Driver’s Don’t Need Long Range EV’s…
Batteries are by far the biggest expense factor when it comes to electric cars, and contribute to the bloated MSRP’s of cars like the Nissan Leaf and Chevy Volt. Another supposed shortcoming of electric vehicles are their limited range, with the Leaf officially rated at just 73 miles in average driving. And while many consumers claim they want more range, according to Nissan, they don’t actually need it.
Nissan cites data it collected from Leaf drivers that shows the average Leaf driver only travels about 37 miles per day, and the average trip was only seven or so miles. Nationwide, 72% of drivers travel less than 40 miles a day, and 95% of Americans travel less than 100 miles a day. The problem is that if you do want to travel a significant distance, you are limited by an EV’s range. American consumers may not need that extra range…but they want it available should they need it, some day.
…But Consumers Want Long Range EV’s
he battery could be ready for production between 2015 and 2020, though there is no mention of costs or charging time, two huge factors in EV acceptance. And while 600 miles of range on a single charge sounds nice, the huge difference in range between “compact” and “existing” cars raised my eyebrows. When they say compact, do they mean a car…or a golf cart?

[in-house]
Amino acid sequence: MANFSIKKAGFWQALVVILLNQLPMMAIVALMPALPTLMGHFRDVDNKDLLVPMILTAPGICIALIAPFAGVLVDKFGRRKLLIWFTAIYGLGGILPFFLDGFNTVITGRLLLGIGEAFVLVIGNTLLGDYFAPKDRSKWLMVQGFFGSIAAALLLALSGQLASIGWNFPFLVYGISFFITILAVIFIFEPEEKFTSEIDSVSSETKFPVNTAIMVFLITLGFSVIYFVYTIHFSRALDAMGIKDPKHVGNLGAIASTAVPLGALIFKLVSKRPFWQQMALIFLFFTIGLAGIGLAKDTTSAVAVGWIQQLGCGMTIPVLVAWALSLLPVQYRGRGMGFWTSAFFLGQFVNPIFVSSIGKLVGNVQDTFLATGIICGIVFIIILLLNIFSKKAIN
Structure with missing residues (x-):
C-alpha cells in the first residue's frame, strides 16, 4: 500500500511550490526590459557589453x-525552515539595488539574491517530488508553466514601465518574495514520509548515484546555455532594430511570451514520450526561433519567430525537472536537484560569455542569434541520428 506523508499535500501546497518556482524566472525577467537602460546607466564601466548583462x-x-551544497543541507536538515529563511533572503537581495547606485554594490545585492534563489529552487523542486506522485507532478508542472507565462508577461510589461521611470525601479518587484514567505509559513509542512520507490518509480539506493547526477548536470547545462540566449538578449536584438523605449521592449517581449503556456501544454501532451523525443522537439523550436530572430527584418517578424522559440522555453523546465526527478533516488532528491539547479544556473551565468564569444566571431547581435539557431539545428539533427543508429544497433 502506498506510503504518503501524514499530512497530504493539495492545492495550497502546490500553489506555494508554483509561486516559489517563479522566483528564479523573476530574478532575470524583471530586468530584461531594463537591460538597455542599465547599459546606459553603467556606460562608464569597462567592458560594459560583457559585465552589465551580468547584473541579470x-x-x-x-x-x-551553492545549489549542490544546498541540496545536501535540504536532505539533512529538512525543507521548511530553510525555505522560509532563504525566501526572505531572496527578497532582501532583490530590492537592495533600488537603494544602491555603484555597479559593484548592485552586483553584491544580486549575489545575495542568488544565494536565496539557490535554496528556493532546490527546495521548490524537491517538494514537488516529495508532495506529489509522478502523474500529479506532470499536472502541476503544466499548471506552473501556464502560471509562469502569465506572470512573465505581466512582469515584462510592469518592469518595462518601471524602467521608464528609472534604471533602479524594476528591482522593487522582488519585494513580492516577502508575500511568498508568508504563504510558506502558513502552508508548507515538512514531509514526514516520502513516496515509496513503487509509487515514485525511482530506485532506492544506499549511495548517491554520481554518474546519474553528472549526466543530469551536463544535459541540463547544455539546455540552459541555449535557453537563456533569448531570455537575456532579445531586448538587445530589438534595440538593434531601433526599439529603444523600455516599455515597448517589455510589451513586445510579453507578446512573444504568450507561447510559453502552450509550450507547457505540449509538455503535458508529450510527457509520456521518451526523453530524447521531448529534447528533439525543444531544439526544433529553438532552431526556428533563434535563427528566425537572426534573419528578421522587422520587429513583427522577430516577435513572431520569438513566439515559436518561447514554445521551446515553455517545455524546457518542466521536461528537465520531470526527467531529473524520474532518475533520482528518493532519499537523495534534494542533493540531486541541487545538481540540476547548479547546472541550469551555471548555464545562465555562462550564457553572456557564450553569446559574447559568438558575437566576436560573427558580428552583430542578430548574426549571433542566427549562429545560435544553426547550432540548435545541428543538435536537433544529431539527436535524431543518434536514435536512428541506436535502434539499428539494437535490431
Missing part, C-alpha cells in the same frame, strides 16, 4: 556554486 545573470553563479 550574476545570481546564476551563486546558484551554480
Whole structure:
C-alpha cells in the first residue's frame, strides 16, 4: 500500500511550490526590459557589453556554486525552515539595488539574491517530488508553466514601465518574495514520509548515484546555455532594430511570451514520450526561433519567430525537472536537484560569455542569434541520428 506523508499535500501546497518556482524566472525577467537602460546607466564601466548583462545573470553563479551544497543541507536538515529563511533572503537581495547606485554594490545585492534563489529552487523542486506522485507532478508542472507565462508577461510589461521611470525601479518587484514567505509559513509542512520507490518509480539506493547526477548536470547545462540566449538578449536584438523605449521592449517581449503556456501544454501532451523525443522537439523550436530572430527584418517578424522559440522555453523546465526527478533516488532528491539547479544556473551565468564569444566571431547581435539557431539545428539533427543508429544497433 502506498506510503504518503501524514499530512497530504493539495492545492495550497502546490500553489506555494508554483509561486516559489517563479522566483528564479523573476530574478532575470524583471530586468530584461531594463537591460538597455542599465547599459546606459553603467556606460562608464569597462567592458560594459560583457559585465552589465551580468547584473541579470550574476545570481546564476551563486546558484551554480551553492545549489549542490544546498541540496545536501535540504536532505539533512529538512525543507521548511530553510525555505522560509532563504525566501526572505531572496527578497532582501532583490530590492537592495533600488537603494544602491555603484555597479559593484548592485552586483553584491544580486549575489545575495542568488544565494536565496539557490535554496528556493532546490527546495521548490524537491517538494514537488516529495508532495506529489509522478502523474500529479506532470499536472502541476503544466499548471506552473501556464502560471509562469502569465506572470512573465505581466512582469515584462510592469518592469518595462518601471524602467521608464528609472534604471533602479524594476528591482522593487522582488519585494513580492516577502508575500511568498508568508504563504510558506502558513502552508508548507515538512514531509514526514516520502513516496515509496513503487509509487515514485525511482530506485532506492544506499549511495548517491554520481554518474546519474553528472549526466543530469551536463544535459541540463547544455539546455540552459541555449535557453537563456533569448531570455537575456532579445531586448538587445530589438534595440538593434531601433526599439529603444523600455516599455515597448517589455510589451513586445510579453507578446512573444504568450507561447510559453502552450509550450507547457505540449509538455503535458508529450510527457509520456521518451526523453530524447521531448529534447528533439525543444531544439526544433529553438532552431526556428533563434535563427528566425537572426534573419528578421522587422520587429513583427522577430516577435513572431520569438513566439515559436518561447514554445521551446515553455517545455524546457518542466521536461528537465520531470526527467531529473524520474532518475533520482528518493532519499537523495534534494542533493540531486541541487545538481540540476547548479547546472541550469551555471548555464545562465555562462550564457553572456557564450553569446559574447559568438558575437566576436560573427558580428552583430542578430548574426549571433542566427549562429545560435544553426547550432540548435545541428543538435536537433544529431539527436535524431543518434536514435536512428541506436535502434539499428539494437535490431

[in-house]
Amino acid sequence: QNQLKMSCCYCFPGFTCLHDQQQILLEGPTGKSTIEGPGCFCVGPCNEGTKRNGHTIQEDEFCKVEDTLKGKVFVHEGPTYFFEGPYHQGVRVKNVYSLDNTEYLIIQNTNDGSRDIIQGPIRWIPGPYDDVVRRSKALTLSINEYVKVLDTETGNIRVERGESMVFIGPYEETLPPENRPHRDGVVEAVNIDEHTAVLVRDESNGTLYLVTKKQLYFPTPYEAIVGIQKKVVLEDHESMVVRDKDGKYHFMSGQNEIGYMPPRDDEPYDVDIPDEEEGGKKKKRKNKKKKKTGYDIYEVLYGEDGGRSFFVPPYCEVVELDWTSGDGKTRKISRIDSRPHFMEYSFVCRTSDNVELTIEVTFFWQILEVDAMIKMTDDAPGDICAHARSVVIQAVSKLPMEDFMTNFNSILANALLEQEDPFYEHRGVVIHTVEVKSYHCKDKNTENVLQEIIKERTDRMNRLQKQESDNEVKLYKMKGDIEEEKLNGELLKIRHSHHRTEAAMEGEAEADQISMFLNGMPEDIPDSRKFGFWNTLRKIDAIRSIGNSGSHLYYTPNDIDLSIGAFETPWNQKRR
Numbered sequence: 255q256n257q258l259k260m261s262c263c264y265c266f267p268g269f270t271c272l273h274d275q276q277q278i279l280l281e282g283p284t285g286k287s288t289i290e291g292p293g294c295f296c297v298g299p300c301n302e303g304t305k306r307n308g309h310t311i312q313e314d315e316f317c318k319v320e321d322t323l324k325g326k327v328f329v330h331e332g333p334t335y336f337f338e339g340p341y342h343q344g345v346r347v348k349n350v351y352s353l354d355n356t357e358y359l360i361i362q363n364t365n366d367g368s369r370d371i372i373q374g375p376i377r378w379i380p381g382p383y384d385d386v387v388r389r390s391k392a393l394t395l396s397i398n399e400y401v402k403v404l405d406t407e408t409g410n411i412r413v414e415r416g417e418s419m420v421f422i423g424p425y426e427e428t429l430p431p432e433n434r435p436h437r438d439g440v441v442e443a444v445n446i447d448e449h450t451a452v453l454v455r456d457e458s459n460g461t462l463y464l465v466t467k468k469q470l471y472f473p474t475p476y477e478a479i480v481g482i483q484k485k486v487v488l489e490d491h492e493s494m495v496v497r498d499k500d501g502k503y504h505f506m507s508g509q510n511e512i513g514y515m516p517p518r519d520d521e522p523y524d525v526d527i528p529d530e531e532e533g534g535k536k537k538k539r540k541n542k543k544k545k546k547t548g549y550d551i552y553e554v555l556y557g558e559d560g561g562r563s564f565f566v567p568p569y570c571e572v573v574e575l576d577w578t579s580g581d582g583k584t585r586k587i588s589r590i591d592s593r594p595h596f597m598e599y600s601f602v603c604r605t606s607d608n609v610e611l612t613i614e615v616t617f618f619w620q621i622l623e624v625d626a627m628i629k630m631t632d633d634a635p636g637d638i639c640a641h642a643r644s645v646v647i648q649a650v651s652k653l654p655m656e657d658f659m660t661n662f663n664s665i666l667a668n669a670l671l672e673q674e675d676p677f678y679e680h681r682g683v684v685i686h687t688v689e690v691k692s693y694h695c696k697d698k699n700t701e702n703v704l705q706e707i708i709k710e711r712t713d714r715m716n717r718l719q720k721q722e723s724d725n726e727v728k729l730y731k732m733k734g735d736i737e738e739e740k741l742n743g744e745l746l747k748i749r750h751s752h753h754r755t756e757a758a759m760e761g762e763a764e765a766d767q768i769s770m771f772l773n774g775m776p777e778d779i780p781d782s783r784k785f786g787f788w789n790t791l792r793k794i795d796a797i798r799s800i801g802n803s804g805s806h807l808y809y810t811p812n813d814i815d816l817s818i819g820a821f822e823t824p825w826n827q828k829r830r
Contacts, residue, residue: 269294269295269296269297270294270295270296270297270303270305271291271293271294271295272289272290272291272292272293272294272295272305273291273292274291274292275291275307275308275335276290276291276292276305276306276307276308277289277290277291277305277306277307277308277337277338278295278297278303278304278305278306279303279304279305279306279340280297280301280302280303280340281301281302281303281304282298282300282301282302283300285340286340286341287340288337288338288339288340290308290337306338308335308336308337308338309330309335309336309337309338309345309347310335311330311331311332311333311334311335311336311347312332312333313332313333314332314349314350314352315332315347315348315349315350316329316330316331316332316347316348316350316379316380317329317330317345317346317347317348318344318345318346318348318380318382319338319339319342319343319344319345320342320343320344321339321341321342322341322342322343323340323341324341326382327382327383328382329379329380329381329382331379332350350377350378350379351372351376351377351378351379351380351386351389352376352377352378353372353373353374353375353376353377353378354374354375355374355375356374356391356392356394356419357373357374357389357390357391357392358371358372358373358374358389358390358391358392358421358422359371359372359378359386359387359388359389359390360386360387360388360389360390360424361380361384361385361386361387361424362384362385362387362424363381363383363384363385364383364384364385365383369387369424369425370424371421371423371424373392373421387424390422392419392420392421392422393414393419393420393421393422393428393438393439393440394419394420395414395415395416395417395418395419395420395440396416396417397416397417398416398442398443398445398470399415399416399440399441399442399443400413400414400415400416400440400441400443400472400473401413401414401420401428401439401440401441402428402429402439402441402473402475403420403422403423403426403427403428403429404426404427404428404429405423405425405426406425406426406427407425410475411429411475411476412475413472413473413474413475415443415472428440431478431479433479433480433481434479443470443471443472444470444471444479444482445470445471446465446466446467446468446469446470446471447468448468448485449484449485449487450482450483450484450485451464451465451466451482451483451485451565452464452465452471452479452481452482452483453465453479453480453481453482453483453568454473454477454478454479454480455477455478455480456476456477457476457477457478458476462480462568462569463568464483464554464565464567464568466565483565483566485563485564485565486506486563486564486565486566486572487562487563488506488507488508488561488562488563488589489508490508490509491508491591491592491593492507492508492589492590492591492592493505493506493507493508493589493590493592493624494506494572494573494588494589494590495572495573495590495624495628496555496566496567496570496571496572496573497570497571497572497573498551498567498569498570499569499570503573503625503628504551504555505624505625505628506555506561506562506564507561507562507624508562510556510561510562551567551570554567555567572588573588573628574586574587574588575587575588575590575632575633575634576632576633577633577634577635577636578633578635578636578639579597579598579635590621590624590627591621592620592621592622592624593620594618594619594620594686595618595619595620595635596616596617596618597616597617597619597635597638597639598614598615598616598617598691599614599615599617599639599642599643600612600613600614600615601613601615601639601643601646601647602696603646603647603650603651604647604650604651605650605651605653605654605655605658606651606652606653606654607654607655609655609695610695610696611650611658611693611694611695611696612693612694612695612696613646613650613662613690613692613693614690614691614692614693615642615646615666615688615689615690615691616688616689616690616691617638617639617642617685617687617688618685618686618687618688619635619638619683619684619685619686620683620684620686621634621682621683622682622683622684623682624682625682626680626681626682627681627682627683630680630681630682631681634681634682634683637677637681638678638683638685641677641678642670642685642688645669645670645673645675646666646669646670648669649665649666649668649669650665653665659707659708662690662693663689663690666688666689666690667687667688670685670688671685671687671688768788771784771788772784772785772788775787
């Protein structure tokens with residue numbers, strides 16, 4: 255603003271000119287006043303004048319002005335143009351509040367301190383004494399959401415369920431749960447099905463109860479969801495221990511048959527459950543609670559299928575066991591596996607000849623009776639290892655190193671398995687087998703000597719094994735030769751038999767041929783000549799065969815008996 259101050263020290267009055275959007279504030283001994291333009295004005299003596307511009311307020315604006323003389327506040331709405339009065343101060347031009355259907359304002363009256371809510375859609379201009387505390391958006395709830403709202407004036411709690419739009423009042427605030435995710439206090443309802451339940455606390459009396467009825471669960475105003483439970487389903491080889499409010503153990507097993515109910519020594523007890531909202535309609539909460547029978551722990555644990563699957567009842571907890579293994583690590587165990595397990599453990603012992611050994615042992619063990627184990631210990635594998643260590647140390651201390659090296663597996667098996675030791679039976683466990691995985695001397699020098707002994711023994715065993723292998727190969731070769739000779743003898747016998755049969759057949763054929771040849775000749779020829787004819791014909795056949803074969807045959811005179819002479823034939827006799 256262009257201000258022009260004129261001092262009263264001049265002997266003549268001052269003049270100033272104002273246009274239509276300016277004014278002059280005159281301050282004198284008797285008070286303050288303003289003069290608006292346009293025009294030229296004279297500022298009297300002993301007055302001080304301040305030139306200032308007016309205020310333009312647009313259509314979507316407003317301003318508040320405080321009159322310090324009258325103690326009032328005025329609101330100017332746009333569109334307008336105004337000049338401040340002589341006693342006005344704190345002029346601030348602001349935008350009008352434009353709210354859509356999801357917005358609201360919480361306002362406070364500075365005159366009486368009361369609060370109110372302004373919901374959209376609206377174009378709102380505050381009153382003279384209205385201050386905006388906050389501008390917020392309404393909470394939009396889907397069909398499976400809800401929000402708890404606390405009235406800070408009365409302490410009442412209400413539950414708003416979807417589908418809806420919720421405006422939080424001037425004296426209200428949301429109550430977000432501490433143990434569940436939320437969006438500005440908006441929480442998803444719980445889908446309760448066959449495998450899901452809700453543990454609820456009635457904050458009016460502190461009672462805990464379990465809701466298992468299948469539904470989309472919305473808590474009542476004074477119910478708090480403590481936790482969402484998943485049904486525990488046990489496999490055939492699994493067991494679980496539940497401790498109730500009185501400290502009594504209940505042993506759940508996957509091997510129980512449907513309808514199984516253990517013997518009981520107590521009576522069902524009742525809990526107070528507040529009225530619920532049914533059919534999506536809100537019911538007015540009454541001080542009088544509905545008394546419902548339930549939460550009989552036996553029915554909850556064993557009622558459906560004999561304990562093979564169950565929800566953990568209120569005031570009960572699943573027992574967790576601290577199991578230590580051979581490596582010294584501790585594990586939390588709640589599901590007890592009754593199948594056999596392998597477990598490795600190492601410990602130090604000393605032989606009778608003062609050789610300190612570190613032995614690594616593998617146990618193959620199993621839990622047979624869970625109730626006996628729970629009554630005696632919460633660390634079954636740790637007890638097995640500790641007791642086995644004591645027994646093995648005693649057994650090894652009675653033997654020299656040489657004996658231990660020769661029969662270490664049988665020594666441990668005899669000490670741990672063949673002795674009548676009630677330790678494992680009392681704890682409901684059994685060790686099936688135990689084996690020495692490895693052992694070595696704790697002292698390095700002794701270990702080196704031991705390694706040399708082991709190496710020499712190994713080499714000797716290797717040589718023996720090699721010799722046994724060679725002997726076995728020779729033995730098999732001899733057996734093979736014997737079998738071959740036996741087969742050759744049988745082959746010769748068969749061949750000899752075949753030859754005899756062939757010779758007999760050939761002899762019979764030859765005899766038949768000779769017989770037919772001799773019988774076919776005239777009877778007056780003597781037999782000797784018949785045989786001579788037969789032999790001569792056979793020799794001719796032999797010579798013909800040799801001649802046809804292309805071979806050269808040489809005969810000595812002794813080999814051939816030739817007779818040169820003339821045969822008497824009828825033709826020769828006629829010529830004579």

I like Tesla’s scheme best; base pricing on range. The Model S sedan will be available in 160 mile, 230 mile, and 300+ mile flavors, with a $10,000 price bump between models. I think the major OEM’s need to take a look at this pricing strategy, as some people may only need that 60 or 70 miles a day. Other people will surely pay a premium for extra mileage if it is priced right.
So which strategy do you think will win out? Is Nissan right that people don’t need a lot of range, or will Toyota become an EV leader with its 600+ mile battery? Or is Tesla doing it right with their priced-by-range method? Let me know down in the comments!